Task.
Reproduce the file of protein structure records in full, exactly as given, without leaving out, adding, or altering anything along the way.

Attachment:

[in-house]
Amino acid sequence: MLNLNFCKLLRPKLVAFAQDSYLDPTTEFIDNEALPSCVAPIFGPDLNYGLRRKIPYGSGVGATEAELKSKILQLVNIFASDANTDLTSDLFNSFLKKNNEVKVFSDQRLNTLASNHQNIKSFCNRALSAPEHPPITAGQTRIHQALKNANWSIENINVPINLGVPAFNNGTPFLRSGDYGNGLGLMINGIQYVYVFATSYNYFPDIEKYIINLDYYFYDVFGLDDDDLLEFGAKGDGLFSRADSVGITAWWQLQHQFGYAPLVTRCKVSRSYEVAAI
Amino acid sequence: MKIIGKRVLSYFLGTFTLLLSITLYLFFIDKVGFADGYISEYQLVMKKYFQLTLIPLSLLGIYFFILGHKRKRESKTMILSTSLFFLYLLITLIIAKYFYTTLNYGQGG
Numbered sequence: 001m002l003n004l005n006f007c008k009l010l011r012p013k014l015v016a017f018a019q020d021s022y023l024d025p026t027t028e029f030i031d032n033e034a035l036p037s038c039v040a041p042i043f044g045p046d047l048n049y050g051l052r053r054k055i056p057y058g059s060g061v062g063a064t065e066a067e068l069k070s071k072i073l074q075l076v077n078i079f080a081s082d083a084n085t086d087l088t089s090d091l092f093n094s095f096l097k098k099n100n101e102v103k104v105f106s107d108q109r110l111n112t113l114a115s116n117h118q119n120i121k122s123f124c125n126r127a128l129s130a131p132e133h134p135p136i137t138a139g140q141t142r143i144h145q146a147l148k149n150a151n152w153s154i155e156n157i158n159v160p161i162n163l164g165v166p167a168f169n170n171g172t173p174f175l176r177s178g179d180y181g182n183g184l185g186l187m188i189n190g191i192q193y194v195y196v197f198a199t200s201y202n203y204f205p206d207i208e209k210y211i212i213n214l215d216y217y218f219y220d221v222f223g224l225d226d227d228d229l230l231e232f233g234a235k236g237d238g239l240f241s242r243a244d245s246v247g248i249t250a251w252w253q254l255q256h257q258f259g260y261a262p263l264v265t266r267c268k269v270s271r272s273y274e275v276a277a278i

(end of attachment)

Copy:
[in-house]
Amino acid sequence: MLNLNFCKLLRPKLVAFAQDSYLDPTTEFIDNEALPSCVAPIFGPDLNYGLRRKIPYGSGVGATEAELKSKILQLVNIFASDANTDLTSDLFNSFLKKNNEVKVFSDQRLNTLASNHQNIKSFCNRALSAPEHPPITAGQTRIHQALKNANWSIENINVPINLGVPAFNNGTPFLRSGDYGNGLGLMINGIQYVYVFATSYNYFPDIEKYIINLDYYFYDVFGLDDDDLLEFGAKGDGLFSRADSVGITAWWQLQHQFGYAPLVTRCKVSRSYEVAAI
Amino acid sequence: MKIIGKRVLSYFLGTFTLLLSITLYLFFIDKVGFADGYISEYQLVMKKYFQLTLIPLSLLGIYFFILGHKRKRESKTMILSTSLFFLYLLITLIIAKYFYTTLNYGQGG
Numbered sequence: 001m002l003n004l005n006f007c008k009l010l011r012p013k014l015v016a017f018a019q020d021s022y023l024d025p026t027t028e029f030i031d032n033e034a035l036p037s038c039v040a041p042i043f044g045p046d047l048n049y050g051l052r053r054k055i056p057y058g059s060g061v062g063a064t065e066a067e068l069k070s071k072i073l074q075l076v077n078i079f080a081s082d083a084n085t086d087l088t089s090d091l092f093n094s095f096l097k098k099n100n101e102v103k104v105f106s107d108q109r110l111n112t113l114a115s116n117h118q119n120i121k122s123f124c125n126r127a128l129s130a131p132e133h134p135p136i137t138a139g140q141t142r143i144h145q146a147l148k149n150a151n152w153s154i155e156n157i158n159v160p161i162n163l164g165v166p167a168f169n170n171g172t173p174f175l176r177s178g179d180y181g182n183g184l185g186l187m188i189n190g191i192q193y194v195y196v197f198a199t200s201y202n203y204f205p206d207i208e209k210y211i212i213n214l215d216y217y218f219y220d221v222f223g224l225d226d227d228d229l230l231e232f233g234a235k236g237d238g239l240f241s242r243a244d245s246v247g248i249t250a251w252w253q254l255q256h257q258f259g260y261a262p263l264v265t266r267c268k269v270s271r272s273y274e275v276a277a278i